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Gay completes sprint double, has eyes on third gold medal

Gay completes sprint double, has eyes on third gold medal

First the 100. Now the 200. And, if his legs hold up, he can join Carl Lewis and Maurice Greene in a class of their own.
Gay caught up with Jamaica's Usain Bolt halfway through the 200 meters late Thursday and let his legs power through the rest of the way to win in a championship record of 19.76 seconds.
Bolt was .15 seconds behind and Gay's U.S. teammate Wallace Spearmon took bronze in 20.05. A third American, Rodney Martin finished fourth in 20.06.
"I got beaten by the No. 1 man in the world," Bolt said. "For the moment, he is unbeatable."
This time there was no over-the-top breastbeating and shouting that followed his victory over world record holder Asafa Powell in the 100. It was only evident after he crossed the line what eight races in six days had taken out of him.
He crouched down in contemplation and stuck one finger in the air.
"Oh, it feels so great but I am still tired," he said.
And he still has Sunday's 400-meter relays to come. He could get a third gold if he can keep the Jamaicans at bay. "I have two golds and I want the third."
Only two men have achieved it at the world championships. Lewis won three in 1983 and 1987 and Greene in 1999. "Maurice Greene is one of my idols," Gay said.
Gay's second title gave the United States its sixth gold 13th medal overall. Russia was next on the standings with 3 gold and 10 overall. Kenya is third with 3 gold and 8 medals.
Thursday's other golds were won by Panama's Irving Saladino in the long jump, Germany's Betty Heidler in the hammer throw and Jana Rawlinson of Australia in the 400 hurdles.
However good Gay was, the most thrilling moment at the Nagai stadium came in the long-jump. Against the odds, Los Angeles-born Italian Andrew Howe jumped a national record 8.47 meters on his last attempt to overtake Saladino. Taking off his shirt, he started hot-dogging as if he had won.
Saladino, however, knew better. With the last jump of the competition he surpassed the Italian by 10 centimeters to give his Panama its first medal at a world championship.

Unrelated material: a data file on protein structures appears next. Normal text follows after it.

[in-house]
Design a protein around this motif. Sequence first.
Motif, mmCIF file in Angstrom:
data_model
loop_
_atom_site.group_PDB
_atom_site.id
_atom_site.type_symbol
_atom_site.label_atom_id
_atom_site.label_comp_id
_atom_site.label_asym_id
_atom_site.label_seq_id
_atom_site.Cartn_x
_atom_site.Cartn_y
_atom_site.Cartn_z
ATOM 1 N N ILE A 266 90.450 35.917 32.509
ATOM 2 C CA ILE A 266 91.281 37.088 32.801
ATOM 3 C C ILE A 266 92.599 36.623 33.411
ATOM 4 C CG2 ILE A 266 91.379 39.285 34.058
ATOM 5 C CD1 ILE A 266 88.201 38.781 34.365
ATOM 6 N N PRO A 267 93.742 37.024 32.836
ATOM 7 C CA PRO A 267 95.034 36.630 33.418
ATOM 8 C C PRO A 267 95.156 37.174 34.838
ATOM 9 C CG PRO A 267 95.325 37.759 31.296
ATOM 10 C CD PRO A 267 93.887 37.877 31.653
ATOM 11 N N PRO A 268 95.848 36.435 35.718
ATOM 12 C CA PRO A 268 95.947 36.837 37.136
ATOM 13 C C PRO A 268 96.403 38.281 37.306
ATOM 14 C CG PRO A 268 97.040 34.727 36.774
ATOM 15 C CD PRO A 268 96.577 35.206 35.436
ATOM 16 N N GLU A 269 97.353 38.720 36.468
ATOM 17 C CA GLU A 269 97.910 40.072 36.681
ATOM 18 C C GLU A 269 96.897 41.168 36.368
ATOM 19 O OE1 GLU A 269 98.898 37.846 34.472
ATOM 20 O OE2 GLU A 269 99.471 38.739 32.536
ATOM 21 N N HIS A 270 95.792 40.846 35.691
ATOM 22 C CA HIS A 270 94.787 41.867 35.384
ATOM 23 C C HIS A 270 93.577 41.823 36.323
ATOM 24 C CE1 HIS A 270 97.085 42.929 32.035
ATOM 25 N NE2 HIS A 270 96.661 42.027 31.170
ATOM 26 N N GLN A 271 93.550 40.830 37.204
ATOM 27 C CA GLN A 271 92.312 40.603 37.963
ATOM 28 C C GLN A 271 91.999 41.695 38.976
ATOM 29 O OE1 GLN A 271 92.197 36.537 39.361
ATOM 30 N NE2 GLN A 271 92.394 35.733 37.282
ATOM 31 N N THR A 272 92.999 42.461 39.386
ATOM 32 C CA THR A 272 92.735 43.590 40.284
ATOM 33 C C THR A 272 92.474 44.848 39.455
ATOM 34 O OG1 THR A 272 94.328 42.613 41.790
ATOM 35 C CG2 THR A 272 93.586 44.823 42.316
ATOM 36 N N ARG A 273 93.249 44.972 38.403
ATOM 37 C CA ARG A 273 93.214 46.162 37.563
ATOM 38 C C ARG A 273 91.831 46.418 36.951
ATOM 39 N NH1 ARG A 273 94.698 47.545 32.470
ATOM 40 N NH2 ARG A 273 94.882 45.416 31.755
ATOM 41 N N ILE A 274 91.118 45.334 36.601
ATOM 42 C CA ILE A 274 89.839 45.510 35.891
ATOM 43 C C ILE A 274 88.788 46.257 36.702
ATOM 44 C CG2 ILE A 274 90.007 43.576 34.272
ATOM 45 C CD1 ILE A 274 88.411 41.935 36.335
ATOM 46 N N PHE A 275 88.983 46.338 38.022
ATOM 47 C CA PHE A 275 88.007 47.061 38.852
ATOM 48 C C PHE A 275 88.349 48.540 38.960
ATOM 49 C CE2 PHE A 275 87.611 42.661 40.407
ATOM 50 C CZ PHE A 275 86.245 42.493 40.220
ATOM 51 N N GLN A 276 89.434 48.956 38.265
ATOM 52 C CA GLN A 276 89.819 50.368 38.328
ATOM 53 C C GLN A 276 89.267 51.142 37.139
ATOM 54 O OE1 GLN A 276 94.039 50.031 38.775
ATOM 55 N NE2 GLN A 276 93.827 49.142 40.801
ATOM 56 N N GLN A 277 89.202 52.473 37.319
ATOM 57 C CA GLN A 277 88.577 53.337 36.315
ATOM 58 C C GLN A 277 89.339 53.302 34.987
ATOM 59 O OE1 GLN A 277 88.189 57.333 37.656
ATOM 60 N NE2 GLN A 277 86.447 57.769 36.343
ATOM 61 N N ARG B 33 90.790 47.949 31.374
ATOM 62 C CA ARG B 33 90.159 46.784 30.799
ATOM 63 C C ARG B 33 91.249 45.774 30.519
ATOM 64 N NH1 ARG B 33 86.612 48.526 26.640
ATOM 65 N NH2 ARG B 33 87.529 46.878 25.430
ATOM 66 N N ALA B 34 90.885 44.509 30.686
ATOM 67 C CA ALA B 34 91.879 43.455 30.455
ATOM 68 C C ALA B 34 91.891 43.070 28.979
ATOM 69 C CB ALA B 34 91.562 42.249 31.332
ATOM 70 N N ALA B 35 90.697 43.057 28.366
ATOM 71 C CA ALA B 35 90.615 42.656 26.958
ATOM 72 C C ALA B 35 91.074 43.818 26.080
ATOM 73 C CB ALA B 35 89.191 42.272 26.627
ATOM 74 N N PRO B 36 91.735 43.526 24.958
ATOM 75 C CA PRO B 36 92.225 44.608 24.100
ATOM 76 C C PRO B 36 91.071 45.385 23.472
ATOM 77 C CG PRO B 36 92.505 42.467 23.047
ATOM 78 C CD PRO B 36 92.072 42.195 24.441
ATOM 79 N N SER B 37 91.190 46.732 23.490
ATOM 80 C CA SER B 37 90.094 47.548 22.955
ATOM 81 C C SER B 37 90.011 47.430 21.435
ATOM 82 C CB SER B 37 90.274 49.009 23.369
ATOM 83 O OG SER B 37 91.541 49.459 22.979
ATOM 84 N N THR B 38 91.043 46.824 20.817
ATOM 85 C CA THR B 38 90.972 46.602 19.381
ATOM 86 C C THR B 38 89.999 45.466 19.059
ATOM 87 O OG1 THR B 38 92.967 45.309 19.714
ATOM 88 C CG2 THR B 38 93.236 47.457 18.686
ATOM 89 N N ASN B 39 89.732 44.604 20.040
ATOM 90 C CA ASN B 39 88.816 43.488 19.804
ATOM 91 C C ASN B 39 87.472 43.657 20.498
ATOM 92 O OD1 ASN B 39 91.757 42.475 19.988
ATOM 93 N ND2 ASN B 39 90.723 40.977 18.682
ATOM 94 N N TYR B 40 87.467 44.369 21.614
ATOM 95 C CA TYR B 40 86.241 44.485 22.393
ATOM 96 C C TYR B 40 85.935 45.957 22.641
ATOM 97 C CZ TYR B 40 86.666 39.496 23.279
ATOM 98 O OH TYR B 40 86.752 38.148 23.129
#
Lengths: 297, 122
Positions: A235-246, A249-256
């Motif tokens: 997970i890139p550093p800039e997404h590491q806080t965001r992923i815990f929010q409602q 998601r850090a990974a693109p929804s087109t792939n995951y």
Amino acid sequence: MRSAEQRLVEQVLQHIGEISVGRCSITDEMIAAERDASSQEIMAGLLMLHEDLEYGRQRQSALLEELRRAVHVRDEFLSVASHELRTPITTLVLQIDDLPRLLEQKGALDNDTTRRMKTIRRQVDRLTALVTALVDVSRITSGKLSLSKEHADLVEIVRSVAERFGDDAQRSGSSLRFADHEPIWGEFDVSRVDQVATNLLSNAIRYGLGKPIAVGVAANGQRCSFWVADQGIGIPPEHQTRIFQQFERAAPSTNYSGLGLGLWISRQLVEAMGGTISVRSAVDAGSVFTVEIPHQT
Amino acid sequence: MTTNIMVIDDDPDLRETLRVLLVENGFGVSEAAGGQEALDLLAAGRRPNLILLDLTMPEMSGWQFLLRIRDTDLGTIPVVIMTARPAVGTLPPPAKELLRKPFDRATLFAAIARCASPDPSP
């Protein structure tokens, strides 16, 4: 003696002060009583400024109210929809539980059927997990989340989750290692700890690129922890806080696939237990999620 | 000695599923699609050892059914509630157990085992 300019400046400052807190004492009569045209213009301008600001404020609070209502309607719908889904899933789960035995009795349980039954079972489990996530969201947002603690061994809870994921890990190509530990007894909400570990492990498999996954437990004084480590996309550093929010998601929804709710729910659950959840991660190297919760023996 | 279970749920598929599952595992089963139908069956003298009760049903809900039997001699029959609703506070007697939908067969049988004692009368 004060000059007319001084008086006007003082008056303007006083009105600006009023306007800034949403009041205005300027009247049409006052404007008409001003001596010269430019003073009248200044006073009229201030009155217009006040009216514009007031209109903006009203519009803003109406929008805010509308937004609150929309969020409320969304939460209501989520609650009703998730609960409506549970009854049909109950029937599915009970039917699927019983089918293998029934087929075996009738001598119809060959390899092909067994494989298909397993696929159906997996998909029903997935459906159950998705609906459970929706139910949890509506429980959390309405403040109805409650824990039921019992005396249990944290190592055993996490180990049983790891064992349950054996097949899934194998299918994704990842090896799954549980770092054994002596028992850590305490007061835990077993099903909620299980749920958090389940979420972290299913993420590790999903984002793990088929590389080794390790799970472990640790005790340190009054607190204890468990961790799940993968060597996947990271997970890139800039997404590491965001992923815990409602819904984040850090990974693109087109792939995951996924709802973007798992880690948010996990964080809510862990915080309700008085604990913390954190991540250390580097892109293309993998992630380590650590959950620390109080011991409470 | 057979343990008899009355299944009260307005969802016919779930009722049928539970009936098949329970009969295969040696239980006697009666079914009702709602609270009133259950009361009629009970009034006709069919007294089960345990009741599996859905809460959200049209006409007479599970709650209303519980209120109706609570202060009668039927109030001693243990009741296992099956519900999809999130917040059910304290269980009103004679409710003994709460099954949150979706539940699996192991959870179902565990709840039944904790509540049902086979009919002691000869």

"It is something out of this world," he said.
Defending champion Dwight Phillips took bronze.
Rawlinson proved that titles and records mean little _ and that motherhood can strengthen a runner, not break her.
Facing Russian defending champion and 400-meter hurdles world record holder Yuliya Pechonkina, the Australian took over the race midway through and held on over a tense finishing stretch to reclaim the title she first took in 2003.
Just over eight months after giving birth to Cornelis, the 24-year-old came back as strong as ever.
"The last 18 months have been truly incredible. Getting married, having a baby and then coming and winning a world title. I don't think you can beat that," Rawlinson said.
She won her 2003 world title and competed as Jana Pittman until she married her British coach, Chris Rawlinson, last year.
Pechenkina had a perfect season until the last stretch but held no grudge, the pair hugging immediately at the finish.
"I'm really hoping that Yuliya and I can dominate the sport and bring a bit more love into the women's 400 hurdles because it's a great event," Rawlinson said.
Pechenkina said it would be love up to a point: "The revenge could come at the Olympics."
Rawlinson finished in 53.31 seconds. Pechenkina was next in 53.50 and Anna Jesien of Poland was third in 53.92.
China won its first medal of the championships when Zhang Wenxiu took bronze in the hammer throw behind Heidler and Cuba's Yipsi Moreno.
Heidler threw 74.76 on her second attempt, 2 centimeters better than Moreno, who was seeking her third title. Instead, she won her second silver in a row. Zhang threw 74.39.
After Zhang put China on the medal table, Olympic champion Liu Xiang followed it up by easily qualifying for the final in the 110 hurdles. Easing up at the line, Liu let Cuba's Dayron Robles take the semifinal in 13.21 seconds to his 13.25.
David Payne had the top time of 13.19, with fellow-American Terrence Trammell having the overall third quickest time. Defending champion Ladji Doucoure of France was eliminated for Friday's final.
In the 800, defending champion Rachid Ramzi of Bahrain finished second to South Africa's Mbulaeni Mulaudzi in his opening heat but still went through as runner-up. Ramzi was the double middle distance champion from Helsinki two years ago, but lost to Bernard Lagat in the 1,500 final late Wednesday.
Ramzi came to Osaka after a season of injury and it already was a huge surprise he took silver on Wednesday.
Instead of Ramzi, Kenyan-born Youssef Saad Kamel set the top time of 1 minute 45.25 seconds to keep Bahrain on top.
Yuri Borzakovsky of Russia, the Olympic champion, moved up with the pack early, seeking to avoid being bunched in. He qualified second from his group.


Updated : 2021-06-25 21:44 GMT+08:00